Apr 08

Dr. Taqi Abedi Faiz Fahmi

Pigeon-holing writers and poets in particular literary schools or movements has been the great tragedy of Urdu literature. Such neat compartmentalization has resulted in the failure to capture the depth and breadth of a poet’s message which has often tended to transcend such boundaries.faiz This is best reflected in the critical appraisal of poets who were associated with the Progressive Writer’s Movement. Despite the fact that they drew on a diversity of inclinations and inspirations they are often relegated or alternatively celebrated for their rejection of tradition and conformism. Dr. Taqi Abedi, the Toronto based scholar, bucks this trend by offering a more holistic review of the life, thought, and work of Faiz Ahmed Faiz in the new book Faiz Fahmi.

In this 1400 page chest-breaking tome are 162 articles on various aspects of Faiz by both Abedi and other scholars including Gopi Chand Narang, Shams ur Rahman Faruqi, Shan ul Haq Haqqi, Shamim Hanafi, Sajjad Zaheer , etc . While all articles are worth reading, the 41 articles written by Abedi stand out for their exploration of many untouched aspects of Faiz.

On the sensitive issue of Faiz’s religion Abedi shows that despite his Marxist inclinations he remained a Muslim and often drew on Islamic themes in his poetry. He had memorized around three parts of the Holy Qur’an in his childhood and regretted later that he couldn’t do it in its entirety due to the strain in his eyes. His first public appearance was at the age of five as a qari at the annual function of Anjuman-e-Islamia. From the age of eight to the year he first went to college he would regularly pray at the local mosque and listen to dars of Maulana Ibrahim Sialkoti. He had even completed a yearlong course of Jamia Ashrafia taught by Mufti Muhammad Hussain.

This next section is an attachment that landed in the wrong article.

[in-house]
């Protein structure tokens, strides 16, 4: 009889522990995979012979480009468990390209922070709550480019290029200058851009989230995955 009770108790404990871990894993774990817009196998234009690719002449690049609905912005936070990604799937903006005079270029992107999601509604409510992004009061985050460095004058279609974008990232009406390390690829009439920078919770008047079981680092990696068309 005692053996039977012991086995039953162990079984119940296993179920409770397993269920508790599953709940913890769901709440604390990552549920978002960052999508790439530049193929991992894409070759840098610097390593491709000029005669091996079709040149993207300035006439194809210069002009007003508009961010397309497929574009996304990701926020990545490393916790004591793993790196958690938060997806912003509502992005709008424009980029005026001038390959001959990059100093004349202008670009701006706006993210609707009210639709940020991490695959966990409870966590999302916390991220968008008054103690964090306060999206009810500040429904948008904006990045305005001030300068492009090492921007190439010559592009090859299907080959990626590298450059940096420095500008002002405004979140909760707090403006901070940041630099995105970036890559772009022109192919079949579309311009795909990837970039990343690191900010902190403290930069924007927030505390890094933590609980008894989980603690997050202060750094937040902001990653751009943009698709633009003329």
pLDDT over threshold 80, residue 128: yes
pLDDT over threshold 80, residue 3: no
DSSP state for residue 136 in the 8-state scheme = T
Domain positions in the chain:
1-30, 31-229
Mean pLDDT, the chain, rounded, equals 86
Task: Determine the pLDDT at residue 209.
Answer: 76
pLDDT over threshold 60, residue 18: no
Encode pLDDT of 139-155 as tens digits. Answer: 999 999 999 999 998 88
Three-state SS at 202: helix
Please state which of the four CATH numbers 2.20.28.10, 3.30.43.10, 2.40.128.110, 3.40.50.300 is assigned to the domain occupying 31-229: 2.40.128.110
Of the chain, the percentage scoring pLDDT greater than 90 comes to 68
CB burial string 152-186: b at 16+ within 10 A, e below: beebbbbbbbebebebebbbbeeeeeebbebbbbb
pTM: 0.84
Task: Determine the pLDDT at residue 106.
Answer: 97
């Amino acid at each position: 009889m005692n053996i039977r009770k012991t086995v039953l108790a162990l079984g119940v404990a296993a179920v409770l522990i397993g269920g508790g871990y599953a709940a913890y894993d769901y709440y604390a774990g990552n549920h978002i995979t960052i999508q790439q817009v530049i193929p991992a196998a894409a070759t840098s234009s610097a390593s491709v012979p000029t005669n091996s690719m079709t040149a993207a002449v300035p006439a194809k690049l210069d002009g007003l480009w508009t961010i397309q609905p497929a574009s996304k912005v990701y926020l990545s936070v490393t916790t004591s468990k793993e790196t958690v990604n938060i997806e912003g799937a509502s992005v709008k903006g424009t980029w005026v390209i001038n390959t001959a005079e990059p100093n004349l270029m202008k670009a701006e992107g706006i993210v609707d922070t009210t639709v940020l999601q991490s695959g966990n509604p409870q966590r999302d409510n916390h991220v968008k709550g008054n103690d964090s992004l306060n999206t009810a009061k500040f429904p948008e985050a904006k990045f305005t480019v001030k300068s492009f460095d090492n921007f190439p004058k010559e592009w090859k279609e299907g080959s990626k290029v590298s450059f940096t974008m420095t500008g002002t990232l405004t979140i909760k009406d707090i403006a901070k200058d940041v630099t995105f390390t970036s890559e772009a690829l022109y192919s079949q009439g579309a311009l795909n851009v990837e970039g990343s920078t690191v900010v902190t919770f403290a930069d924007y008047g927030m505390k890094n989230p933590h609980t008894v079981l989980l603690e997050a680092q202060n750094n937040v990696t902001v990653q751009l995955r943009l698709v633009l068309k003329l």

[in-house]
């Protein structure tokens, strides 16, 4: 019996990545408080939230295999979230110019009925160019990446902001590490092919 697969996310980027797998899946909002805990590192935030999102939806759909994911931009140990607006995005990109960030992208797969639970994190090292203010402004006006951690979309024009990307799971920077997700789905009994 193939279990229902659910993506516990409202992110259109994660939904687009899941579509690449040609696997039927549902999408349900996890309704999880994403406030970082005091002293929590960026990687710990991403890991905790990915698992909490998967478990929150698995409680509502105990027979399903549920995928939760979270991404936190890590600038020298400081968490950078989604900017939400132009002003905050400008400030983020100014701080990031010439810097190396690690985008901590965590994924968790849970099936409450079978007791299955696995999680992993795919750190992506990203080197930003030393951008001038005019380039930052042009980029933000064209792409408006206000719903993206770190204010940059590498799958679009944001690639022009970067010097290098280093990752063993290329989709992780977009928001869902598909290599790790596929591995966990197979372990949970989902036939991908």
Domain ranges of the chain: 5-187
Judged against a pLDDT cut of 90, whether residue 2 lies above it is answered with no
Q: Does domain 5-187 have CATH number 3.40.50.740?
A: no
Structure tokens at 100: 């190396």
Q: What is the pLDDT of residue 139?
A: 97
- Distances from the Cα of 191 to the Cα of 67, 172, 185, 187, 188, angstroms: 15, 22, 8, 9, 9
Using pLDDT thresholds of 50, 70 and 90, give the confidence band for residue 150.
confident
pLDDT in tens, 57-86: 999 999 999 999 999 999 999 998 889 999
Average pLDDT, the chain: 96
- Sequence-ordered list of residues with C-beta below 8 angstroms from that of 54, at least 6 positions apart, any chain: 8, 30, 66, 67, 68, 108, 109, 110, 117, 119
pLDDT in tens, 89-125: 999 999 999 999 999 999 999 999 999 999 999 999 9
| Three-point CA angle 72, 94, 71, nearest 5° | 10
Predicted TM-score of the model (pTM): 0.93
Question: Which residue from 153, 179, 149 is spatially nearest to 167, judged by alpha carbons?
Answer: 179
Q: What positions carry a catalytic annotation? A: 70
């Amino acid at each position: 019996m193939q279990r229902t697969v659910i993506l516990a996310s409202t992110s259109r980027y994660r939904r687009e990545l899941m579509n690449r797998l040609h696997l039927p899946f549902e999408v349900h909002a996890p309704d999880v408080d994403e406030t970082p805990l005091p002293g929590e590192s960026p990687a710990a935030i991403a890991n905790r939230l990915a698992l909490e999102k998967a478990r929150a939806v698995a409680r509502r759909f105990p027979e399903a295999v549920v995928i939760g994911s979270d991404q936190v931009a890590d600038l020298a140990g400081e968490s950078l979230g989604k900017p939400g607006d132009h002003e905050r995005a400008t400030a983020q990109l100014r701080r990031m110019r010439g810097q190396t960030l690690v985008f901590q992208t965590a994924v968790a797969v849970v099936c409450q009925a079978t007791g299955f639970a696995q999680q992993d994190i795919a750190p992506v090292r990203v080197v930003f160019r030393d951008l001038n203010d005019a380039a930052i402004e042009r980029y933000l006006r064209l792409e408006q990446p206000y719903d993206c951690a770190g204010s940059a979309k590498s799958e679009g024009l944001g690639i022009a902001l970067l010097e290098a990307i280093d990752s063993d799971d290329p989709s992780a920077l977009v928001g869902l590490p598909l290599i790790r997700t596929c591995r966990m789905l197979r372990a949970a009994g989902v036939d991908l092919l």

All his life events, including his marriage to Ellis Catherine, were conducted according to Islamic rites. He himself claimed, and this was testified by others, that he would give lessons of Qur’an and hadith to fellow prisoners. The strict categorization of Faiz into the “Communist camp” limits one’s understanding of his multidimensional personality. Perhaps his religious inclinations are best represented in his claim (in a letter to his wife) that he was an “inhibited sufi.”

His Islamic identity came into full force in his poetry when during the Arab-Israeli war of 1967 he wrote his famous nazm ‘Sirr Wadi-e-Sina.’ His other nazm “Mujaideen-e-Falstin Kay Naam” has Quranic verses interspersed throughout: “Haqqa hum jeetengay/Qad jaa al Haq wa zahqal batil.” His nazm on the Islamic revolution in Iran has the title from the Qur’anic verse “Wa Yabqa Wajhu Rabbik.” Abedi brings to light the much neglected religious poetry of Faiz including hamd, naat, and marsiya.

Abedi’s admiration of Faiz doesn’t in any way come in his unbiased analysis and is reflected in the chapter dedicated to mistakes in his poetry. In his comparison of Faiz and Josh he lists their strengths and weaknesses without falling in the groupist trap of “Faiz Bada Ya Josh Bada.”

Following in his earlier work on Iqbal’s diseases Abedi has a complete chapter on Faiz’s compiled from his letters. He has also compiled a list of all the books that Faiz had read in his later years. This gives keen insights into the development of his thought. It appears he was voracious reader who devoured everything from the poems of Shah Abdul Latif Bhitai and the works of Sarvepalli Radhakrishna to the works of Upton Sinclair and Arnold Toynbee.

To supplement the exhaustive text Faiz Fahmi comes with scores of rare pictures of Faiz with various luminaries. It also has illustrations of his works by Sadiquain and other prominent artists. This exhaustive work is truly an encyclopaedia and is destined to prove indispensable to anyone planning to understand Faiz.

Its value could have been even more enhanced had it included a chapter on Faiz’s adversaries. As is well known Faiz had a jovial personality and did not liked to entangle himself in personality clashes. His adversaries, however, were not kind. Ismat Chughtai, for instance, knew Faiz and deeply disliked him. It is often said that in her semi-autobiographical Terhi Lakir the unacharitable portrayal of the progressive poet is based on Faiz. This character in his zeal to portray a progressive image (unkempt hair) becomes inactive in conventional politics. It would have been interesting to see how his other adversaries viewed and portrayed him.